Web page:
This project focuses on a virginal made in 1640 attributed to the famous Antwerp maker Ioannes Ruckers. The instrument in the collection of the Rijksmuseum, on permanent loan from the Royal Antiquarian Society, has undergone various structural and decorative alterations and is no longer playable. In an international collaboration with the Rijksmuseum, the Metropolitan Museum of Art, the Netherlands Institute for Conservation, Art and Science (NICAS) and many others, a wide array of techniques such as digital X-ray, CT-scanning, Macro-XRF, Multi-Spectral imaging, Dendrochronology, Proteomics, 3D scanning etc. is used to meticulously analyze and document the instrument and its decoration. Combined with the study of historical written sources, this data is then used to make several reconstructions of the virginal in its presumed original state, replicating the materials, tools and techniques used in the 17th century, a form of experimental archeology. The resulting reconstructions improve our knowledge of early modern instrument making and will be used for historically informed performance and educational purposes.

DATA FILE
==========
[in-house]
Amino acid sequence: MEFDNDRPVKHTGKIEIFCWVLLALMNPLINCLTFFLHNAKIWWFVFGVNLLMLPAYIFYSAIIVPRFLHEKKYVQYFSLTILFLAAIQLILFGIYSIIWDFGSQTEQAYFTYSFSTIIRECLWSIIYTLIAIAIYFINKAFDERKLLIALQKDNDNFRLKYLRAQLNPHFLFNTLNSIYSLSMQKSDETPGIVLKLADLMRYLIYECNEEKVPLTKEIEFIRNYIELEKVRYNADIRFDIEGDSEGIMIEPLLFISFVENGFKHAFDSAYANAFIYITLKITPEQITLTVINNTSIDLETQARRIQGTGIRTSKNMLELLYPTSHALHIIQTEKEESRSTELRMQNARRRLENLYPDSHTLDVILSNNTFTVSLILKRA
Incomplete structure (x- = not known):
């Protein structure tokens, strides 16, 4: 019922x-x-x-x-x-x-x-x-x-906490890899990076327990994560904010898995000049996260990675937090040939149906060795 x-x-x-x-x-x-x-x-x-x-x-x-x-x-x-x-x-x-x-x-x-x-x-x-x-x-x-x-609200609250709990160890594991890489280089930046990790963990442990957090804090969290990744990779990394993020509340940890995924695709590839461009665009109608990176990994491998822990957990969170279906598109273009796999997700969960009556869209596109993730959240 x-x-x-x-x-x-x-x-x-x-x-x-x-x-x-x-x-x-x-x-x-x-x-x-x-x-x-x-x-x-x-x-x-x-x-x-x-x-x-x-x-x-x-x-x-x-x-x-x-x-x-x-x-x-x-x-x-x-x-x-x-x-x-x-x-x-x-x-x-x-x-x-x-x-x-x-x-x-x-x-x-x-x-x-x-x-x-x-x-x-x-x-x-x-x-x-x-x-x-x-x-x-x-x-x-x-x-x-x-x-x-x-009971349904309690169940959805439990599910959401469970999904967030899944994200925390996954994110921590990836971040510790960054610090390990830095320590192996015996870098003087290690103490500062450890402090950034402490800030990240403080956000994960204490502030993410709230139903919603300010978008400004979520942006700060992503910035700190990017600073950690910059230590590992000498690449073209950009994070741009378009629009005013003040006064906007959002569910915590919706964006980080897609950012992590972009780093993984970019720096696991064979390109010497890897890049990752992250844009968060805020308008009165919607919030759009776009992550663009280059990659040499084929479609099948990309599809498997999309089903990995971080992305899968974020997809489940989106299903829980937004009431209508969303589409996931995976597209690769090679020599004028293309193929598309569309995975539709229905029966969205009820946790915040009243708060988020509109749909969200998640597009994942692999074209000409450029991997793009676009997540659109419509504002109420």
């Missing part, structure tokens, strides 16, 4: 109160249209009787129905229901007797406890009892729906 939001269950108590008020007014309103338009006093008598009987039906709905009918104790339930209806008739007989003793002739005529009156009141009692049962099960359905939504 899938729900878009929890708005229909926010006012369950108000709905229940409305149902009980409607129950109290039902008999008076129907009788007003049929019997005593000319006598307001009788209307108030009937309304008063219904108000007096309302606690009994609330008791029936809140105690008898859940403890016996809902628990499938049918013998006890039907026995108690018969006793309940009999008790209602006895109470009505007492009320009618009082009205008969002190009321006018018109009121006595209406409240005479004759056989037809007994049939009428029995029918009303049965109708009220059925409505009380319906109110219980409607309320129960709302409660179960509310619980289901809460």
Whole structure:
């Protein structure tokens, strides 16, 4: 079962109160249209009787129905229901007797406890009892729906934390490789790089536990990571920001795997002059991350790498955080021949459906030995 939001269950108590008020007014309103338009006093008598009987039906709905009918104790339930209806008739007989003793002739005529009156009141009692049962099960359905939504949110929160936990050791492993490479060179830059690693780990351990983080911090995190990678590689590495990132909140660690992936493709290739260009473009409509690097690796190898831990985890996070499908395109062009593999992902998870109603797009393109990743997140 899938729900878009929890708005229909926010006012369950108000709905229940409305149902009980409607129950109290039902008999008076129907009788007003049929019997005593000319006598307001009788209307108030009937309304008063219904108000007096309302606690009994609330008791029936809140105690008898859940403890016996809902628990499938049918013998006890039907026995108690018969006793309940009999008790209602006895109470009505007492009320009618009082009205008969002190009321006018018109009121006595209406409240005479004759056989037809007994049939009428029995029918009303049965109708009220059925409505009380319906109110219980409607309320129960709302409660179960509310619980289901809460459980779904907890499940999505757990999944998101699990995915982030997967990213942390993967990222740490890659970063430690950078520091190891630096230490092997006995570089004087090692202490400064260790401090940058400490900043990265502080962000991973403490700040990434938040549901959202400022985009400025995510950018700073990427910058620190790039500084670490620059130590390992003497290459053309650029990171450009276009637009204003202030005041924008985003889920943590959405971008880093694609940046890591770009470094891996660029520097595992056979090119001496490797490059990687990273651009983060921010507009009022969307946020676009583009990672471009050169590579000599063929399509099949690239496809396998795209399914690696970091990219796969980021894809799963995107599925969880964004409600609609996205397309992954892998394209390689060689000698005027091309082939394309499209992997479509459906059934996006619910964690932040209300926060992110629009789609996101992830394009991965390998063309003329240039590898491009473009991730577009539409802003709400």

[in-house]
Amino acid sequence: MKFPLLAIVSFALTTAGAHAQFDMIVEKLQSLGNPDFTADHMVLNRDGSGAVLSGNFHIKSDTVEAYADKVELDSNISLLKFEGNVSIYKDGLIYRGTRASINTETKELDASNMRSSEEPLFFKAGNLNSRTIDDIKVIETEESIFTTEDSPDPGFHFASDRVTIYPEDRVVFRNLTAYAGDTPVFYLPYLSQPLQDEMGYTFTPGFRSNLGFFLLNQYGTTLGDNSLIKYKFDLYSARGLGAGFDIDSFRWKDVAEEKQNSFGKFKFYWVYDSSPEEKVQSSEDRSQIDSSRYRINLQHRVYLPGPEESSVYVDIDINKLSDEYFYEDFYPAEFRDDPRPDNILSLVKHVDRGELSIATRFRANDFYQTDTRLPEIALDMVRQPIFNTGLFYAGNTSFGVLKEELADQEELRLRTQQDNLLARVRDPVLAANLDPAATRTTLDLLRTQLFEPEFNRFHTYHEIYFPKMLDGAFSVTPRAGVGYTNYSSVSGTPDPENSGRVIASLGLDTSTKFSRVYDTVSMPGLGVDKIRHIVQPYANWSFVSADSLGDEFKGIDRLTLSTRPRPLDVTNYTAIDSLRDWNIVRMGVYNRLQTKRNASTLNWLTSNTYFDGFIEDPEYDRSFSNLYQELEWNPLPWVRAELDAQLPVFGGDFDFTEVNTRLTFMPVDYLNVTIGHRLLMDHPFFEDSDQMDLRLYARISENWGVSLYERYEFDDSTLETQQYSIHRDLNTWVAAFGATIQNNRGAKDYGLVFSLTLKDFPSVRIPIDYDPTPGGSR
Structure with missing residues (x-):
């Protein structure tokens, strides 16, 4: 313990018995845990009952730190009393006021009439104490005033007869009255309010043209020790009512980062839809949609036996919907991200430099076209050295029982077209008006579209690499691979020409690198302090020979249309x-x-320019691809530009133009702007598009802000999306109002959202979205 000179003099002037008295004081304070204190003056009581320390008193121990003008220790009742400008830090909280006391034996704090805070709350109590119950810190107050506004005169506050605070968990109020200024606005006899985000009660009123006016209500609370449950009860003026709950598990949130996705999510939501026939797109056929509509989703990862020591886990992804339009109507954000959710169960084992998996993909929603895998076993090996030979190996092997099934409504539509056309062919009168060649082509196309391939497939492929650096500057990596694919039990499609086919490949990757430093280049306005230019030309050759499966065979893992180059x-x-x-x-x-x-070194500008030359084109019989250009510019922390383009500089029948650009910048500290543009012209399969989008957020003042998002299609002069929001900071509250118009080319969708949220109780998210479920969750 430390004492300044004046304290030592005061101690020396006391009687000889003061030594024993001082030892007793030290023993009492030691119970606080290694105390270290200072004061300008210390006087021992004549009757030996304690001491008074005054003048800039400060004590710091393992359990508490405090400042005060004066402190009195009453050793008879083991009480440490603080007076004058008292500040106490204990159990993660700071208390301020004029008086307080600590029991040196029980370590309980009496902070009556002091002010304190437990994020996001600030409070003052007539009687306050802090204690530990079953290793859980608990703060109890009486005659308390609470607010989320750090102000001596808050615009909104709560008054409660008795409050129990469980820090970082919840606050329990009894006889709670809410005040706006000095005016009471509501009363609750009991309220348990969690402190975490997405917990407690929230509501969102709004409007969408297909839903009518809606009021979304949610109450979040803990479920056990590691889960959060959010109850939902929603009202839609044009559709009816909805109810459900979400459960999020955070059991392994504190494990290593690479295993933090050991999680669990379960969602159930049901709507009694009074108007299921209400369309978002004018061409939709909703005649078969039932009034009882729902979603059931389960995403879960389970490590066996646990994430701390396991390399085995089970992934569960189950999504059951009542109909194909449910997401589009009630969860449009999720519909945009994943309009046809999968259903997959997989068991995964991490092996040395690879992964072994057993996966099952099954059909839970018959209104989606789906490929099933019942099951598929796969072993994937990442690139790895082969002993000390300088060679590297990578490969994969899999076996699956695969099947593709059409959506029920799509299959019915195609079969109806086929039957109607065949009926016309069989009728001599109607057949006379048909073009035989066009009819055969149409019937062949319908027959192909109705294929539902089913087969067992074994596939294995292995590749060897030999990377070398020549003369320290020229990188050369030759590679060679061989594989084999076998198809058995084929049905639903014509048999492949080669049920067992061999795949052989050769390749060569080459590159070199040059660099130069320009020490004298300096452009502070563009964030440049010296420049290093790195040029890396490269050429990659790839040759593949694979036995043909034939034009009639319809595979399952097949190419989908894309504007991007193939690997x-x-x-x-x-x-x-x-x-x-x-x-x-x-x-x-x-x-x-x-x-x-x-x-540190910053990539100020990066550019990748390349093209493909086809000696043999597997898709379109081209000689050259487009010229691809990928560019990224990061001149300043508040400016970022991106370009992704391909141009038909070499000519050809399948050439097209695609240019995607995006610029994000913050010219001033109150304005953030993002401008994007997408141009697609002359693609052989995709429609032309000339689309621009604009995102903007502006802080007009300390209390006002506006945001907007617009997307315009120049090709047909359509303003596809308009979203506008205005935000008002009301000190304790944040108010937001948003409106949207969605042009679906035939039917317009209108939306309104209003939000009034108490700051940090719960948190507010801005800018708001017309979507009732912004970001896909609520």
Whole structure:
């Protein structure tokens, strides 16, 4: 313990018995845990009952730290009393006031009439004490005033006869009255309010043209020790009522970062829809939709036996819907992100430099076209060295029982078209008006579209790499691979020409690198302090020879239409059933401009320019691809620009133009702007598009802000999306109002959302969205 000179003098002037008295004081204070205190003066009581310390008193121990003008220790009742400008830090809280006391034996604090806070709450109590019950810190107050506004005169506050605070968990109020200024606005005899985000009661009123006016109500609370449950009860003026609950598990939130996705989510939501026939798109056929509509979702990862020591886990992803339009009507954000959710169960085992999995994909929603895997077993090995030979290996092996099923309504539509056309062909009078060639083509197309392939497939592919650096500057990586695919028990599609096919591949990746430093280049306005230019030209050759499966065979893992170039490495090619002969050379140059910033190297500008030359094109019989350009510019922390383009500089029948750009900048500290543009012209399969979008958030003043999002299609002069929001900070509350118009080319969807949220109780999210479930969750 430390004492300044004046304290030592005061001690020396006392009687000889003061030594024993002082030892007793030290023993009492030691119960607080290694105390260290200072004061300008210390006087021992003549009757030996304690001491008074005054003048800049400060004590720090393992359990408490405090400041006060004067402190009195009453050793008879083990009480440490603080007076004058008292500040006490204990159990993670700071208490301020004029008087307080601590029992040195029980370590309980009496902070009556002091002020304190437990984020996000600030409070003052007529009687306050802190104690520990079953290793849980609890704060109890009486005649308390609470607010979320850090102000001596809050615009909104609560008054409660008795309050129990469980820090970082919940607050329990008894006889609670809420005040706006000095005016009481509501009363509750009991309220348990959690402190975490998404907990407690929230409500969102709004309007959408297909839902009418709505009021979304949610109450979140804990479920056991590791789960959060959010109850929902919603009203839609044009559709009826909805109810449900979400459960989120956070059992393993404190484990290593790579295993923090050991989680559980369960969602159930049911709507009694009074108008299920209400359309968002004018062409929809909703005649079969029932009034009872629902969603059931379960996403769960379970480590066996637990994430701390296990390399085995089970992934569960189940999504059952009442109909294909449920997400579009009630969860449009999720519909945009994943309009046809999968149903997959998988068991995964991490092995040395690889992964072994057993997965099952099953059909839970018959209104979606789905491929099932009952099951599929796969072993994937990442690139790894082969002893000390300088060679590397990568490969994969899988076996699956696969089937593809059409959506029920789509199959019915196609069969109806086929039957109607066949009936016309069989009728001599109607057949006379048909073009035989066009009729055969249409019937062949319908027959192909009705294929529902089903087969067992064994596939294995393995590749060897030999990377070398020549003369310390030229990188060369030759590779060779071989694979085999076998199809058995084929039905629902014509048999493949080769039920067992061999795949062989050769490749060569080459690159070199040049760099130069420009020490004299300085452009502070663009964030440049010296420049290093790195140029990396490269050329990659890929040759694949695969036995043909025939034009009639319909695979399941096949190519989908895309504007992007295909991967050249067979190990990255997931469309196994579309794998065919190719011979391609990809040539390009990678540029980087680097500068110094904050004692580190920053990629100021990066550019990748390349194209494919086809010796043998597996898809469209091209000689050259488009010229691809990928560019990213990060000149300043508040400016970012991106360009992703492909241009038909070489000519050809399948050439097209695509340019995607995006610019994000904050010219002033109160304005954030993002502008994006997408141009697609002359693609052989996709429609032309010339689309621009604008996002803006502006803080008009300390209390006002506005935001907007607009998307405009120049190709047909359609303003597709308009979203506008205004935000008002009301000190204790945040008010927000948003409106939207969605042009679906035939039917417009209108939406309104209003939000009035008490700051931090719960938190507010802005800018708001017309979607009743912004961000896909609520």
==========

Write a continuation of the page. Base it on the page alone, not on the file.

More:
Undecorated reconstruction
Reconstructed virginal workbench and lathe at Museum Speelklok Utrecht
Researchers at Rijksmuseum
Printing decorative papers at Museum Plantin Moretus Antwerp
Ma XRF of Ruckers lid at Rijksmuseum Amsterdam
Detail of reconstructed soundboard decoration
Digital X ray of Ruckers virginal
Cutting a keyboard
CT scanning Ruckers virginal at TU Delft
CNC milled stone mold and lead cast rose

Reconstruction of the 1640 Ioannes Ruckers Virginal in the Rijksmuseum Amsterdam

project team
Manu Frederickx, Frank Hollinga, Mané van Veldhuizen, Tamar Hestrin-Grader
1.10.2018 – 31.08.2023
historical instrument making, harpsichords, experimental archaeology, technical art history, musical instruments, historical woodworking, painting, printmaking, material analysis